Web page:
Advertisement
YOU ARE HERE: LAT HomeCollections

Insect Aside

July 18, 1993|Will Baker | Will Baker says that his short stories, criticism and novels usually take place "in real-life territory." "Insect Aside," however, is a chapter in his latest novel, "Shadow Hunter," an eco-sci-fi "speculative" adventure set in the 22nd Century. In the book, Baker, an English professor at UC Davis for 24 years, acknowledges generations of students "who persistently ignored my prejudices against the fantastical and outlandish . . . and thus tempted me into writing such a book." Raised in Idaho, Baker now lives on a 13-acre farm 40 miles from Davis with his wife and two children. "Shadow Hunter," published this month by Pocket Books, has been excerpted by permission

"AND WHEN THEY STRIPPED OFF THE WALLBOARDS . . . our home , our own living room , where I picked out all the patterns and had drapes made. . . ." The woman sobbed, poked at one eye with a folded tissue and then managed to go on, though her voice wobbled up and down over a good octave. "There were jillions of them, just jillions , crawling and swarming out of these holes, like little caves, everywhere in the insulation and everything. And we had to move. Had to leave our home , because it had gone too far. Earwigs. I mean, earwigs ! I don't understand how they could . . . I mean, our government. . . ."

The sobs overtook her again and she sat down abruptly. Her husband encircled her with a protective arm and looked almost accusingly at the young man standing behind the podium at the front of the room. There was a chorus of sympathetic murmurs from the crowd and a man called out, "Us too. They ate the place up, from the inside."

Baxter did not join this chorus, though he shifted his feet in discomfort. All through the evening's presentation, the charts and holograms and the young man's smooth commentary, he had become increasingly uneasy. For some time he had known things were not going properly in the world at large, but he had always been able to count on himself at least, on his own standard of excellence and performance.

Now there were these interior . . . disturbances. Random thoughts that upset him. A vague but ghastly little mood. So he had come to this meeting as a concerned citizen, wanting a credible account of what was going so wrong with everything. Instead people were stirring up unhealthy ideas with their silly tales of earwigs and ants.

It was a neighborhood meeting at the Olive Terrace Community Center, sponsored by the campaign committee of the Progressive Party. The young man, in a sport suit with no tie, had presented the party's views on the big issues of 2131, as outlined in an hourlong holo. Baxter watched colorful electronic models of new virus strains as they learned to enslave the antibodies hurled against them, saw crops seared by blight that originated in the untended Preserves and the irradiated Wastelands, heard alarming statistics on mutant species.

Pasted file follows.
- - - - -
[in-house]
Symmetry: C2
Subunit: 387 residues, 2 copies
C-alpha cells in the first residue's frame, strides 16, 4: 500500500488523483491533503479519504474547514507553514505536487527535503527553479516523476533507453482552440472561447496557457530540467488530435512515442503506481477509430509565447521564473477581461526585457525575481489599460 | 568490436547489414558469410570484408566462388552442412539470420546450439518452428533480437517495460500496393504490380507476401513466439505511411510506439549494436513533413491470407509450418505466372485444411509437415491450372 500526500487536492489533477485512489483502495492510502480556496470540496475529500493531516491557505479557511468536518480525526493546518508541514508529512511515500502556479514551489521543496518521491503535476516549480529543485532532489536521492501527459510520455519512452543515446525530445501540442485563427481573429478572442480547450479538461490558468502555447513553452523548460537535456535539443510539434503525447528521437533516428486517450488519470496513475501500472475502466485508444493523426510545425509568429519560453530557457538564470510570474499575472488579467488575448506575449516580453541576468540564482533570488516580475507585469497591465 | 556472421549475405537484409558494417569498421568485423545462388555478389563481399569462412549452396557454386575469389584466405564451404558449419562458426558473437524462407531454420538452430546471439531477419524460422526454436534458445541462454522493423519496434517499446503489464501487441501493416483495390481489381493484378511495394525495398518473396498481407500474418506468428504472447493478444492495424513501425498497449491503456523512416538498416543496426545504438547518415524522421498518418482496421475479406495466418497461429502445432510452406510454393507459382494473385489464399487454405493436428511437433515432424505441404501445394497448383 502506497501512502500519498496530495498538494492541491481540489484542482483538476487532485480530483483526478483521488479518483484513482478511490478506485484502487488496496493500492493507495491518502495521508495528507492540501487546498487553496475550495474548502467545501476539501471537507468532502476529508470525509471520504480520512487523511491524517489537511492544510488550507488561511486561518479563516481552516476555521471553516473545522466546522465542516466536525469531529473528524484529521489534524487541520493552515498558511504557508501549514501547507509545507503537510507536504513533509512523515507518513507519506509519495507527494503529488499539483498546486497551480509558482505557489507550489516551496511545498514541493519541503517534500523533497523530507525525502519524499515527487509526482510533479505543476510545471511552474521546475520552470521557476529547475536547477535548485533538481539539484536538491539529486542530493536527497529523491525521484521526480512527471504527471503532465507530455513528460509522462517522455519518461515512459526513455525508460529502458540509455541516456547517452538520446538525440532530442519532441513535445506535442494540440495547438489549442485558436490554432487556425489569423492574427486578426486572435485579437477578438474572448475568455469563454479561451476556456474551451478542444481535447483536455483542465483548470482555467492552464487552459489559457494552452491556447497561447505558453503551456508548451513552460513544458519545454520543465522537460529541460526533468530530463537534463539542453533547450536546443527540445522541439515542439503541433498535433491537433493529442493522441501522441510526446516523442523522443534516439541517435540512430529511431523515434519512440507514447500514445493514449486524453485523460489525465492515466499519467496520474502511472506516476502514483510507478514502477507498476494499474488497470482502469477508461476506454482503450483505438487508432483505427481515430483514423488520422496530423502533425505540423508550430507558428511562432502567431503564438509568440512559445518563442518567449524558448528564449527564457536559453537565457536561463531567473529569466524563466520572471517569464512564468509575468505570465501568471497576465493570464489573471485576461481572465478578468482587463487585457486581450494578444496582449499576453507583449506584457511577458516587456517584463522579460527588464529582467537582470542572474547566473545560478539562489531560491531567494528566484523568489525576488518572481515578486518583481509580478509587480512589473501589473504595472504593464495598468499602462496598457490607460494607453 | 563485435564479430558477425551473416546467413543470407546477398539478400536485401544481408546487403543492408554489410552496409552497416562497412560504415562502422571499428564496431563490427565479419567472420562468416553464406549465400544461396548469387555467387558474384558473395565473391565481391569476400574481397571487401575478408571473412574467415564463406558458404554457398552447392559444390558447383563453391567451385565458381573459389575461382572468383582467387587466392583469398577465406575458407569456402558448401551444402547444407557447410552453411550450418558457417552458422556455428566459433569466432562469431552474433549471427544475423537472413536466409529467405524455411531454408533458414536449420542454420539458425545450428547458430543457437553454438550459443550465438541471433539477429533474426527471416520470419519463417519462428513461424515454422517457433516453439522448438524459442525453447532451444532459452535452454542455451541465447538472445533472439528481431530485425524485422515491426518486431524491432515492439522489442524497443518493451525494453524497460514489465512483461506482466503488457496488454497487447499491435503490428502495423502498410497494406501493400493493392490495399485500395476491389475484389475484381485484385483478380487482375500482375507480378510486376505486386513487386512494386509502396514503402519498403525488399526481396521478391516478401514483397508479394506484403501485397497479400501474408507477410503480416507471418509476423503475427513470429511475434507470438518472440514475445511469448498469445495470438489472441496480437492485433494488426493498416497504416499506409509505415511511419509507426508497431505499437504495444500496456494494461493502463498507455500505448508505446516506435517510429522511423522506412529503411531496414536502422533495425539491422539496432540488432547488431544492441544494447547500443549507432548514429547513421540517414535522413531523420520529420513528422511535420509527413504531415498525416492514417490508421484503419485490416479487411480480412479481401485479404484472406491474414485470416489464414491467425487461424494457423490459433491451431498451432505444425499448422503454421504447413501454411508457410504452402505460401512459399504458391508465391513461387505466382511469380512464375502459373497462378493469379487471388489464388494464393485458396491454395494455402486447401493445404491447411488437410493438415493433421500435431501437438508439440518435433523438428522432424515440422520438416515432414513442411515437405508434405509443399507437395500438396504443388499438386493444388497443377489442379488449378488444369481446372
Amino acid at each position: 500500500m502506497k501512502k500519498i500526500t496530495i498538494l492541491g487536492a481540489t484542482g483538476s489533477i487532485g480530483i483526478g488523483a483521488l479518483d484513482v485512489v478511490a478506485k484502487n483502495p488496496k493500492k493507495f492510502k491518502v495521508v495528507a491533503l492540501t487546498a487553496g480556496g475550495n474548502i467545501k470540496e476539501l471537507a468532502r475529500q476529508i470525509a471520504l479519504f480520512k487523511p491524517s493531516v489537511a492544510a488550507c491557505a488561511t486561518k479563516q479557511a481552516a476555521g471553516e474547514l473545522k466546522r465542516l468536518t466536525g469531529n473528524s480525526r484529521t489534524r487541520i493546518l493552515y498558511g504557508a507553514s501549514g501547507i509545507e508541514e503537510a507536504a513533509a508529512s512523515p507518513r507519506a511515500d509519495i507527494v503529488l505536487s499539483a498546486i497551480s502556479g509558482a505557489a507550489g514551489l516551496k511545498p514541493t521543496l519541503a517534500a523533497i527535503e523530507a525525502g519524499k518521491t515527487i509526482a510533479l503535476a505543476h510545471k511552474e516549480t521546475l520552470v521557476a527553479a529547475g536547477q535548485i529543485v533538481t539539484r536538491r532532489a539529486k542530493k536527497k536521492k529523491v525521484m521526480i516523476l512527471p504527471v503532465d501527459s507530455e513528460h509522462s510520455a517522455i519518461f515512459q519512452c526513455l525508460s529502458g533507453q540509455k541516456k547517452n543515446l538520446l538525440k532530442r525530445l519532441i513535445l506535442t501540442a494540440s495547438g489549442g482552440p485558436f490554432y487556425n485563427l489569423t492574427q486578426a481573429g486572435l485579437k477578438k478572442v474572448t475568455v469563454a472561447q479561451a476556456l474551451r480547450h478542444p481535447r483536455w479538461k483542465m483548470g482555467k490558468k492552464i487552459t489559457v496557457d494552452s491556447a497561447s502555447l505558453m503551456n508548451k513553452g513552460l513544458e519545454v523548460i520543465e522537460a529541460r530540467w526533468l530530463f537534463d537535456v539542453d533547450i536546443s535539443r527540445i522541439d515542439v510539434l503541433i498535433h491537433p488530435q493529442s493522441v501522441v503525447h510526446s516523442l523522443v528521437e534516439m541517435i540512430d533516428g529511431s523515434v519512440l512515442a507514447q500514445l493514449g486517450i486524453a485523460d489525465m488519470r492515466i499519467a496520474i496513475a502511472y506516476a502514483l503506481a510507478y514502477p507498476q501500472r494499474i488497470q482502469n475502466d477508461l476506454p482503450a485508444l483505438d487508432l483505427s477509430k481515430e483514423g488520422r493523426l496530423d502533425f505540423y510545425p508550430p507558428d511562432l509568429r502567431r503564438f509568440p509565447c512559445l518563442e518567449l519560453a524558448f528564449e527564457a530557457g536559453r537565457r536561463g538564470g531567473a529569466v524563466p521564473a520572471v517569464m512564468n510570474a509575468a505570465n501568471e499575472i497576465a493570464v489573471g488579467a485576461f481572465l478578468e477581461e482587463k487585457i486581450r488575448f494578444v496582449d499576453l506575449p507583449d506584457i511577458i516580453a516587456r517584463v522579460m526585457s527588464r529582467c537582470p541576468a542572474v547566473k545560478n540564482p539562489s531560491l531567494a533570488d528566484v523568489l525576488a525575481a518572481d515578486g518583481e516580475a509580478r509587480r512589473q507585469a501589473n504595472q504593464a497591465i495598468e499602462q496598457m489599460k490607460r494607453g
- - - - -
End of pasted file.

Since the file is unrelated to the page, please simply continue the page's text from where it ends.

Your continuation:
But the good citizens of Olive Terrace were stuck on bugs. During the question period after the holo, story followed story about the ravages of algae, termites, flies and moths. The most modern exterminators and sterilizers seemed to work for six months or a year and then signs of diabolical insect presence turned up again.

"It's an epidemic," the young Prog spokesman said knowingly. "Nobody knows how big." He explained swiftly how termite populations had taken to building superfluous queen chambers even in soft plastic, and other species--earwigs and roaches most particularly--had quickly occupied these spaces. He hinted that the problem was the flawed Conservative policy of laissez-faire, the idiocy of setting aside Preserves and cultivating "unplanned diversity." An attempt, Baxter could see, to segue back to the main subject--helping the Party of Tomorrow.

Glancing about the room, feeling furtive, Baxter became aware all at once of a barely perceptible change in the level of available light. His own eyesight was not good, yet he preferred old-fashioned rimless spectacles over contacts or implants. He believed the beveled thick glass transmitted and amplified peripheral light. He was thus, he felt, more sensitive than most to subtle alterations in ambient illumination.

Automatically he looked at the indirect light wells in the ceiling and saw that one of them had gone out. He blinked at this small inlet of shadow, then blinked again. A few motes of dust were now visible against this bit of darkness, caught in the rays from adjoining lights. One of these motes did not swirl and float like the others. A bit larger, it swayed in a long arc and then all at once dropped a few inches.

Baxter looked away abruptly and sat up straighter in his chair, trying to concentrate on what the speaker was saying. Instead he thought once more of his wife's dog, Lancelot. A sprawling heap of fine, pale hair with two sad and rheumy eyes. Scrumptious Toodlums to his wife, but something far more sinister to Baxter. His discontent veered suddenly in the direction of dread.

For the third (fourth? fifth?) time in the last week an awful thought surfaced: Perhaps he should seek medical help. He'd already gone so far as to look up the name of what his problem could be. Saprophagy. His mind recoiled from the word and he shook himself. In the chair next to him a woman turned with a modest, encouraging smile.

"I know how you feel," she said. "It makes my flesh creep too."

Advertisement
Los Angeles Times Articles
|
|
|